Back to work we go! Andrew and I had a wonderful vacation in the United States visiting our family and friends for Christmas. It was just over two weeks of nonstop meetings and gatherings with everyone we wanted to see. Perhaps you don’t realize just how many important people you have in your life until you are trying to catch up with all of them in a short amount of time. Though we got to see nearly every person we wanted to see while in Jacksonville, we still didn’t get to spend tons of time with any one particular person. It made us cherish the moments we did have with everyone that much more.
The question that we were most asked while in the States was “is it weird being back?” The answer we gave every single time was “Yes,” but there was often not much else to add to that. I think things have turned from a simple black and white world into varying shades of grey, and right now, we are in some shade of grey that is hard to describe. What was most difficult for me is trying to not offend anyone, particularly family, when referring to ‘home’ as somewhere else besides Jacksonville, Florida. I lived in Jacksonville my entire life, minus the short stint at college in Tallahassee, before moving to Costa Rica. Trust me when I say, the city of Tallahassee has never vied for the title of home in my mind. But for now, home is San Ramon, Costa Rica.
That leads to the second most frequently asked question, “so are you moving back in the summer?” The answer to that is also its own unique shade of grey, not so black and white. The real answer is we have no idea. We committed to one year here, so I can nearly guarantee they aren’t getting rid of us until at least the end of summer! But we cannot agree to coming back to the US until we know the mission is OK without us. Let me explain a bit, and then hopefully that answer will make more sense. 2013 brings about a year of great change here at FSM. We have had a lot of staff turnaround from 2012 to 2013, and for all completely viable reasons. To name a few, one of our teacher’s assistants just had a baby a couple of months ago and is going to be a stay at home mom. Our administrator of this mission since its inception is relocating to the coast because her husband has accepted a great job out there with the coast guard. From the outside looking in, perhaps it looks like the perfect storm… but that’s not the way we see it. For reasons like these, we are excited for the opportunities and reasons that they are leaving and wish them well. We have been very lucky at FSM to know that our staff has been and will always be like a family. We need to fill a lot of positions and will take our time in doing so to make sure the right people are working here. One thing is for certain, Andrew and I have become familiar faces here at the mission and we aren’t going to leave these kids until we know they are comfortable with new staff. We’ll figure that out when the time is right.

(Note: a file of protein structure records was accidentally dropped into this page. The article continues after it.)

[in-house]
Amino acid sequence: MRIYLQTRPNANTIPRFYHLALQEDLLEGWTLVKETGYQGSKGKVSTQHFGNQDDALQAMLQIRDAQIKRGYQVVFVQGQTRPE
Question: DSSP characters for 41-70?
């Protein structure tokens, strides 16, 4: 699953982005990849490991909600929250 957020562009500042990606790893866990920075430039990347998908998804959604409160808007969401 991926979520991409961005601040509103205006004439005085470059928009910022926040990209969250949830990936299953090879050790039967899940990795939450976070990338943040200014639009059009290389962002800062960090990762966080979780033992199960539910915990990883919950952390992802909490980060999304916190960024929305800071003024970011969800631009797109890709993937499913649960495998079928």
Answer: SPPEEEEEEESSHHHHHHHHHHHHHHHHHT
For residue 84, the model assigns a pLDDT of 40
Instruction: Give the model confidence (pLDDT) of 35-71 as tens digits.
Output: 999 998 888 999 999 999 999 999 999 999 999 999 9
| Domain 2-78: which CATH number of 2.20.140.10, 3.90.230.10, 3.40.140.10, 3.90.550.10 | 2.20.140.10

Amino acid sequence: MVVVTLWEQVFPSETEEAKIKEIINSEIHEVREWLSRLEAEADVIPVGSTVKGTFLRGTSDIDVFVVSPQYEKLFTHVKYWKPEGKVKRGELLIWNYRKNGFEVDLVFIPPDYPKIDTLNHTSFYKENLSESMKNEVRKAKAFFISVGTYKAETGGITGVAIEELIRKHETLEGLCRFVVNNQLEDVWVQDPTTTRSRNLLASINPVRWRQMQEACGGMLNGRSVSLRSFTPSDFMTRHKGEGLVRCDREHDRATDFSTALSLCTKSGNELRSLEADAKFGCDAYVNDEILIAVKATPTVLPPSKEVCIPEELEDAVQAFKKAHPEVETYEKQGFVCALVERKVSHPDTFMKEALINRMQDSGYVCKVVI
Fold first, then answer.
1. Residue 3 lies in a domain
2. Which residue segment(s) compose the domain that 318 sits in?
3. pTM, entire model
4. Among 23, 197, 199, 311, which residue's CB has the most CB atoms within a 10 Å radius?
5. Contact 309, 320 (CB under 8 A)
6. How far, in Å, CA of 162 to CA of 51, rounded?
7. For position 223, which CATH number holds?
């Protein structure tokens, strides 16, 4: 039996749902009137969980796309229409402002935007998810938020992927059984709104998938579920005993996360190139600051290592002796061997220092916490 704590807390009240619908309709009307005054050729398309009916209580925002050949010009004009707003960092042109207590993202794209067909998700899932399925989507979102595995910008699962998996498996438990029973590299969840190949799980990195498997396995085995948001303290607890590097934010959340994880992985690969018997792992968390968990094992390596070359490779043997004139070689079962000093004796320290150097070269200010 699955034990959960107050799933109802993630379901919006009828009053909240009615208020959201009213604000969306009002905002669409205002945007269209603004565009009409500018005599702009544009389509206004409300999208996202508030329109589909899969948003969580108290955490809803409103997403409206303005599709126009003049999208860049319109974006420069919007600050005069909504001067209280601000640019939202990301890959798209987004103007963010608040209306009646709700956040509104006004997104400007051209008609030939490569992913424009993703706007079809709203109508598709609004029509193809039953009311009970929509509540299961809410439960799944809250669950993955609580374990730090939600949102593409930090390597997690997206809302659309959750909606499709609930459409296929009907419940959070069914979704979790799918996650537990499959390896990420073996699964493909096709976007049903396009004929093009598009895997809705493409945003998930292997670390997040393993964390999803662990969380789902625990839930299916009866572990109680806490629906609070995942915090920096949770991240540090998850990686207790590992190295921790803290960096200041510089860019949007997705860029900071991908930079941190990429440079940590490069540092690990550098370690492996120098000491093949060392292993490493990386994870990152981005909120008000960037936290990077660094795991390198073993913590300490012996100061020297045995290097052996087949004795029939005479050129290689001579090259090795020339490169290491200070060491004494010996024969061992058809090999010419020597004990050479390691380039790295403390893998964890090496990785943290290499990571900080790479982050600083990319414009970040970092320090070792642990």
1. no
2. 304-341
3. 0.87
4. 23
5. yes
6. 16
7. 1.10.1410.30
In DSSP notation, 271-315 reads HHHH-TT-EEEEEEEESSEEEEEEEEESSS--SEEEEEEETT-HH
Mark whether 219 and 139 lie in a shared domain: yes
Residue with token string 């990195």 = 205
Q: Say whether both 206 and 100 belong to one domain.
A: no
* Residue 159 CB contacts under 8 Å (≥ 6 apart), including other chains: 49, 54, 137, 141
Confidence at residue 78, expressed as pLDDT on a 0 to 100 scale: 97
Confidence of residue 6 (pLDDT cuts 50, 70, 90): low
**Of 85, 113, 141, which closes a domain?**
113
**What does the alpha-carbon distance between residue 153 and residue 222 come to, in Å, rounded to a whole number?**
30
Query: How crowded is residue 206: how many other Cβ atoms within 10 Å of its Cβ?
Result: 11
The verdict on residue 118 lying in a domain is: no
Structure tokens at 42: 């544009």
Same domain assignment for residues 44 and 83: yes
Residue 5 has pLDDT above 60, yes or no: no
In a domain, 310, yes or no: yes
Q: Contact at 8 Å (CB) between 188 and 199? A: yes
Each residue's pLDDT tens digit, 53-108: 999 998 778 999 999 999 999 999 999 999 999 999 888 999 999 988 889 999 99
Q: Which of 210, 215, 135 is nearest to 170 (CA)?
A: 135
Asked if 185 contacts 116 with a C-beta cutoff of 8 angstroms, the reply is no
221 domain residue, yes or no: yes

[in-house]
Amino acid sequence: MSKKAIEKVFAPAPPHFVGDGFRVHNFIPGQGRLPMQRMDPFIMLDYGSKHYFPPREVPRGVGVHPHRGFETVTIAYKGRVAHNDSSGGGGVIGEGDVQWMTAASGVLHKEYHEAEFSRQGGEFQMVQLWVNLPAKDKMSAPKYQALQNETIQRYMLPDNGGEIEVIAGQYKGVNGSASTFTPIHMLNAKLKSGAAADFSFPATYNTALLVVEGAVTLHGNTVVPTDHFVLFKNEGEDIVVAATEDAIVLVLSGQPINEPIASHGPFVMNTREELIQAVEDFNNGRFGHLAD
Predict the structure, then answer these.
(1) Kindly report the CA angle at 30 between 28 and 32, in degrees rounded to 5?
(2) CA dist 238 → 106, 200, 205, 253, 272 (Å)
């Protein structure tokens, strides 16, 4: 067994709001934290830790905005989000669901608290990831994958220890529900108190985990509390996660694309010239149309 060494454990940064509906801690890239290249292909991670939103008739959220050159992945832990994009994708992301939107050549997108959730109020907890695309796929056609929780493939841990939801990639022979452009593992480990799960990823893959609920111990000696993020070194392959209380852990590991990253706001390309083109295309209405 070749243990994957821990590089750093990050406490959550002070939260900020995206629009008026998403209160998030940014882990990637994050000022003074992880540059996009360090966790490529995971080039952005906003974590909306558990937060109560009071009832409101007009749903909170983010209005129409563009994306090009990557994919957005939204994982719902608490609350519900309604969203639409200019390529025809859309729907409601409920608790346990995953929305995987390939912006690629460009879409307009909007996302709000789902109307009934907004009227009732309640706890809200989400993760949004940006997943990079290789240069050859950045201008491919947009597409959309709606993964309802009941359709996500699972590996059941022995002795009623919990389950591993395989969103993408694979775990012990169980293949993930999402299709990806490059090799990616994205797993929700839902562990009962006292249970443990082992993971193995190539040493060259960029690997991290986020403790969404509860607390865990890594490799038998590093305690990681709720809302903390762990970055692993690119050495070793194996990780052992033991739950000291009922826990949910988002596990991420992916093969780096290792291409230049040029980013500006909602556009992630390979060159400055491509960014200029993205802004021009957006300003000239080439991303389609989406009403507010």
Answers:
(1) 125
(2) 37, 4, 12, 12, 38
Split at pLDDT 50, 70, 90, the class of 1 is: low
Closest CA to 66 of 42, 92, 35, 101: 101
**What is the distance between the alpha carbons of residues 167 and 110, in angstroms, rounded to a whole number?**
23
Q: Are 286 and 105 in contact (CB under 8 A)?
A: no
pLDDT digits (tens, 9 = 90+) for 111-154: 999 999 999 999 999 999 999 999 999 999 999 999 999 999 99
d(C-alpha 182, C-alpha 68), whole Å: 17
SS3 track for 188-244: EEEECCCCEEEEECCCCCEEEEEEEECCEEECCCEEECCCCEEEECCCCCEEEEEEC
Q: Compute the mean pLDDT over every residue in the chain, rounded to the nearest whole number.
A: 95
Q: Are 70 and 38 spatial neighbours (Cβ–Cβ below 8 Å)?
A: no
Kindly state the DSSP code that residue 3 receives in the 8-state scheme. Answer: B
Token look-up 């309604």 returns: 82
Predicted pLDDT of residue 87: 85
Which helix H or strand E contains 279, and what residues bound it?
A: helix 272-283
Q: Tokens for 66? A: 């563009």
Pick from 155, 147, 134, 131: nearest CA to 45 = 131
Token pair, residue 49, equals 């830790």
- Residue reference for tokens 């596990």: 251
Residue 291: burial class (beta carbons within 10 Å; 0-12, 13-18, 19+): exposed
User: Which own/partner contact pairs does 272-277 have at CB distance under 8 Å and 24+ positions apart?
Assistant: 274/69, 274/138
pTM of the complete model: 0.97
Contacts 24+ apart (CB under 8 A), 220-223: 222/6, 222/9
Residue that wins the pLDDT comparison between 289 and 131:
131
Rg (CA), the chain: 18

Aside from staff changes, there are other changes happening here at the mission that we are an integral part of and need to see through. FSM has recently begun to partner with a community action alliance of San Ramon. This is a group of mainly expats, along with some locals, who wish to improve this community and the lives of the people in it. We hosted a meeting for this group just after Thanksgiving to introduce the mission and community of Bajo Tejares to them. The members of the alliance were very receptive and ready to jump in and help serve the people of Bajo. From that meeting, we have made extremely valuable connections with people in the community. We have recently met with the director in the ministry of culture who would like to offer our kids free music lessons in a well-established music school in the community, an opportunity they would have never had before. FSM was invited to participate in a round table discussion of needs and issues within the area with the US ambassador recently, all through the connection we now have with the alliance. Hopefully, we can leverage our connection with the US ambassador to connect with the Nicaraguan embassy. Most of our people in Bajo are Nicaraguan and it could be an invaluable connection to have. The alliance would like to partner with us to create a sustainable project for the people of this community that could provide jobs for the long run. We are looking at several options that would be appealing to the government and corporations doing business here in order to apply for a grant to make it happen. The opportunities are blooming here in Bajo and FSM is a huge part of whether those opportunities continue to bloom and flourish or evaporate into thin air.